AYER — Punxsutawney Phil is a pure slacker compared to the students from the Shriver Job Corps Center on Devens. With the world’s eyes on him, Phil just rolled out of bed last Thursday and saw his shadow on Feb. 2, Groundhog Day, making a passive prediction of six more weeks of winter.

In contrast, and away from the limelight, Shriver students cut their teeth at Ayer Town Hall. The half dozen students were put to work on administrative tasks and received exposure to government in action.

Samantha King, 21, of Boston, has been with the Job Corps for three months studying office administration. Next her studies will focus on transportation and communications. She someday hopes to parlay the training into an airline scheduling position.

King shadowed selectmen’s secretary Janet Lewis. King kept busy filling out a different kind of schedule — the selectmen’s office calendar book. The job occupied a healthy part of her morning.

Down the hall in the Assessor’s Office, Steven Gilles, 19, of Devens, was put to work. Gilles is studying computer science, math and reading at Shriver Job Corps. He has a particular interest in database management, so the Ayer tax assessor’s office was a good fit.

“I’m trying to learn more about computers and (Microsoft database-building software) access,” said Gilles, who said he was appreciative of time spent by Tax Assessor Tom Horgan earlier in the day.”

Tax Assessor Assistant Celia Jornet showed Gilles bound copies of recorded deeds illustrating the many in-town real estate transactions that took place over the 1990s.

Groundhog Day on Feb. 2 fell just one day after D-Day for the assessor’s office — the annual deadline for taxpayers to seek abatements on Feb. 1.

“Yesterday would have been a little crazy, but today was good” for the students’ shadowing session, Jornet said.

Treasurer Stephanie Gintner showed Yanisha Velazquez, 18, of Leominster around the ropes of her office.

“I’m explaining what the treasurer’s duties are and what we do.”

Velazquez is studying office administration courses at Shriver Job Corps. “We’re working on deposits. It’s interesting. I like it.” The two had earlier visited North Middlesex Savings Bank next door to pick up updated passbooks.

Amy Tomer, of Gardner, turned 19 this week. Tomer was the one Shriver student who was assigned to Town Hall for the whole of last week as part of her work-based learning program.

In Great Hall on the second floor of Town Hall, Tomer helped the staff set up for a Thursday “thank you” lunch thrown for the Shriver students. She is studying office administration at Shriver Job Corps and then will study travel and communications curriculum.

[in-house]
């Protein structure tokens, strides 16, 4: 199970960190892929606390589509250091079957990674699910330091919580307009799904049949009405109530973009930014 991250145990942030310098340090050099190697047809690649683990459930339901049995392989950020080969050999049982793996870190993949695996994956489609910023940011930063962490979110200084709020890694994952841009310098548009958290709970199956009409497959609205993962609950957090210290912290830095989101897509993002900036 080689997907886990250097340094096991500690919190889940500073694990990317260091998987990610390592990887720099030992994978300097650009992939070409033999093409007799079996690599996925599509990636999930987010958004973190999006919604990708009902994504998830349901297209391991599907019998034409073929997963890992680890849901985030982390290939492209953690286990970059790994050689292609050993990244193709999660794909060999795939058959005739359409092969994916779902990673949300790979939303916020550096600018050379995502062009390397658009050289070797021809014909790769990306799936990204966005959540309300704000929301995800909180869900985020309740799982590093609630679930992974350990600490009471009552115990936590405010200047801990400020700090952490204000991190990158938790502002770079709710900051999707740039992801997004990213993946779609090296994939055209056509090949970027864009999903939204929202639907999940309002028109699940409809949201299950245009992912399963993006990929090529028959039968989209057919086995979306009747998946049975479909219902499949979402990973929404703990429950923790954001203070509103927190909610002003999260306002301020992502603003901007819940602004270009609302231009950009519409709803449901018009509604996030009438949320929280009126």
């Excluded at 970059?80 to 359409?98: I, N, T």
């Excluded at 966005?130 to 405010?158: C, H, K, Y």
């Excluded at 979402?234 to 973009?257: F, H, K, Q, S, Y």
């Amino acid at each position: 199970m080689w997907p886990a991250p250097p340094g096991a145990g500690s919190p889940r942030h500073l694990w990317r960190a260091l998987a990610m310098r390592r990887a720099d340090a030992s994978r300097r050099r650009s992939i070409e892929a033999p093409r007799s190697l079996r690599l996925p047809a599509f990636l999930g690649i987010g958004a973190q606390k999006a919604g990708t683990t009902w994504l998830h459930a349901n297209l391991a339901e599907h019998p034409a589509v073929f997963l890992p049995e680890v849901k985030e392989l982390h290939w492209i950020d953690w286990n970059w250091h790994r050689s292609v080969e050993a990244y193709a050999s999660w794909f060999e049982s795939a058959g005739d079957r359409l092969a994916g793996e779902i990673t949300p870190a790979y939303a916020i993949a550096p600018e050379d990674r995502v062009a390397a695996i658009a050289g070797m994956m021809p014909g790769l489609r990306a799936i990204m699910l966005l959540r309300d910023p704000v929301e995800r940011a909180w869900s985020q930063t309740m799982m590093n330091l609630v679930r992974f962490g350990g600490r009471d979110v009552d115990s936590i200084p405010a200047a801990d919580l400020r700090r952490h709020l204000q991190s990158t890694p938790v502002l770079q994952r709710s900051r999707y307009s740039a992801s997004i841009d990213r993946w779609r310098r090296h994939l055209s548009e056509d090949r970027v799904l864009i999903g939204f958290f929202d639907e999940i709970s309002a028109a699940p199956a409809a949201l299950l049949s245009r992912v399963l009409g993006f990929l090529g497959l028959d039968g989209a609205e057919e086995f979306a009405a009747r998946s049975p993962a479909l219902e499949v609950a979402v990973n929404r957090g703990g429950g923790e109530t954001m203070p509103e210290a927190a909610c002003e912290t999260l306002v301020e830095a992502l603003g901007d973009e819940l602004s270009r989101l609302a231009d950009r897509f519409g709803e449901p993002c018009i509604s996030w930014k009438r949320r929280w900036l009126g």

Tomer was assigned to Town Clerk/Tax Collector John Canney. She was glad that Canney and his staff kept her hopping.

“I’ve been doing a lot of photocopying of birth certificates, death certificates and marriage certificates — separating the ones from out of town. I’ve been opening census responses and resending them to people who didn’t receive them. I’ve been filing censuses,” said Tomer. “I’ve been doing quite a bit and I love it. I hate not to be busy.”

“Honestly? Yes,” Tomer said she’ recommend the Town Hall experience to her fellow classmates at Shriver Job Corps.

“I got introduced to a lot of people. Everyone here is really sociable. They really liked to get to know who was in their office. I’ve never been in a city or town hall. Everyone welcomed me here with open arms.”

Janet Lewis said the staff at Town Hall was really excited to have the Shriver students back. The “shadow” event has been coordinated between Ayer Town Hall and the Shriver Job Corps Center for the past several years.

Lewis shared a secret — she’d purchased the student volunteers a heart-shaped box filled with chocolates as a show of appreciation for their effort. Lewis said that while the students were on hand for Groundhog Day, the Valentine’s hearts were another reminder of their visit to Ayer Town Hall, as the anniversary of the date of the town’s incorporation draws near — Feb. 14, 1871.

“We can say you are the heart of our community,” said Lewis. “They didn’t have to come. They signed up to come. God love them, they deserve a little treat.”

“Hopefully when they leave the Job Corps, they’ll get out into their community more,” said Lewis. “They’re such good kids. We’re lucky to have them. It’s so nice to see the kids come out for us.”